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ERIC Number: EJ872386
Record Type: Journal
Publication Date: 2010-Jan-6
Pages: 2
Abstractor: ERIC
Reference Count: N/A
ISSN: ISSN-0277-4232
Two State Unions Balking at "Race to Top" Plans
Sawchuk, Stephen
Education Week, v29 n16 p1, 16 Jan 2010
Teachers' unions in at least two states are threatening to withhold endorsements of their states' Race to the Top applications, which could jeopardize the states' chances of winning the coveted federal dollars. In a letter printed as an advertisement in the Tallahassee Democrat, Florida Education Association President Andy J. Ford discouraged local union affiliates from signing an agreement to implement a state plan that, among other provisions, would require districts to base teacher evaluations and compensation bonuses heavily on student test scores. The president of Education Minnesota, Thomas A. Dooher, said he will also advise local affiliates not to sign off on the state application unless officials there agree to changes, including dropping a requirement that participating districts implement a pay program that has been voluntary for districts. The Race to the Top program, part of the economic-stimulus legislation passed last year, has been problematic for the national teachers' unions because of its heavy emphasis on using student test scores to measure teacher effectiveness. Now the action has moved to the state and local levels, as states prepare applications for the Jan. 19 deadline for the first round of funding. The $4 billion program is forcing states to engage in a delicate balancing act of aggressively pursuing the money while keeping support from state and local union affiliates. The Race to the Top initiative requires states to take action around four broad "assurances" in the stimulus legislation, including ensuring effective teachers in all classrooms. The largest percentage of points--138 out of 500--will be awarded to states that overhaul their teacher-quality systems, in part by evaluating teachers annually and tying the results to how teachers are compensated, granted tenure, and promoted. Under Minnesota's proposed application, districts participating in the Race to the Top would adopt the Q Comp program, a school-reform approach that includes professional development, annual teacher evaluations, a career-ladder initiative, and an alternative salary schedule based partly on student performance. The voluntary program allows local districts to bargain what percent of the pay component is based on measures of student growth.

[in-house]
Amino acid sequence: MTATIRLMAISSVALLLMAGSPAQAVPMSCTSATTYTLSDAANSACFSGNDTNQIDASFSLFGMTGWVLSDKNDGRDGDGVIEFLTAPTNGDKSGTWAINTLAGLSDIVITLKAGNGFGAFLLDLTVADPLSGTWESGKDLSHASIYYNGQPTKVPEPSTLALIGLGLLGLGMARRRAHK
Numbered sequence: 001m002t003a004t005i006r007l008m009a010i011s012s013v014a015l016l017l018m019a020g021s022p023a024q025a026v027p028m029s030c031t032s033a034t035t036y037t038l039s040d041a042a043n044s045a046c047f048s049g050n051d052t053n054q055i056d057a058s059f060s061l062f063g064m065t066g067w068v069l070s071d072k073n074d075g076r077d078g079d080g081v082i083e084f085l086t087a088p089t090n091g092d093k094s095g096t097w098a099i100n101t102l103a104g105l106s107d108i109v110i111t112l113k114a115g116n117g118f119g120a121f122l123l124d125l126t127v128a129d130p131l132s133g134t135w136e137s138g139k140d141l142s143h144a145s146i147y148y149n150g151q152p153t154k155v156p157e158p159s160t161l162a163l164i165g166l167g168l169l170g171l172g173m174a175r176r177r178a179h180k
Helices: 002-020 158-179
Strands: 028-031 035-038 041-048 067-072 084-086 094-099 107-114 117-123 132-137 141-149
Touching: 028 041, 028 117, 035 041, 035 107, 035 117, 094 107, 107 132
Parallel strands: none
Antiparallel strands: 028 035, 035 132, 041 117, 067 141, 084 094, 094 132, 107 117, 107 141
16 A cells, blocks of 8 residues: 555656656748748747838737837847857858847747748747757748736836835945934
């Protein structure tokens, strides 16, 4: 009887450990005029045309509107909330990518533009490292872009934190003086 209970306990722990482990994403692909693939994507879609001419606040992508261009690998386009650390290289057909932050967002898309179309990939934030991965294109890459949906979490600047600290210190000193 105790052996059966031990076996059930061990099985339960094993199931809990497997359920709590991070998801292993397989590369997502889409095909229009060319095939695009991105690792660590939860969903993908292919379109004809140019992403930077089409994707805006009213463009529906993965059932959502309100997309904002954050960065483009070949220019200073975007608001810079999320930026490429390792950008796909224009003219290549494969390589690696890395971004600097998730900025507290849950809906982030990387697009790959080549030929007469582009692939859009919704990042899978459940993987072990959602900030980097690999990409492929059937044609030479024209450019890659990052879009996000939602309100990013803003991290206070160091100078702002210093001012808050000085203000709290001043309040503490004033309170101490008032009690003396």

Editorial Projects in Education. 6935 Arlington Road Suite 100, Bethesda, MD 20814-5233. Tel: 800-346-1834; Tel: 301-280-3100; e-mail:; Web site:
Publication Type: Journal Articles; Reports - Descriptive
Education Level: Adult Education; Elementary Secondary Education
Audience: N/A
Language: English
Sponsor: N/A
Authoring Institution: N/A
Identifiers - Location: Florida; Minnesota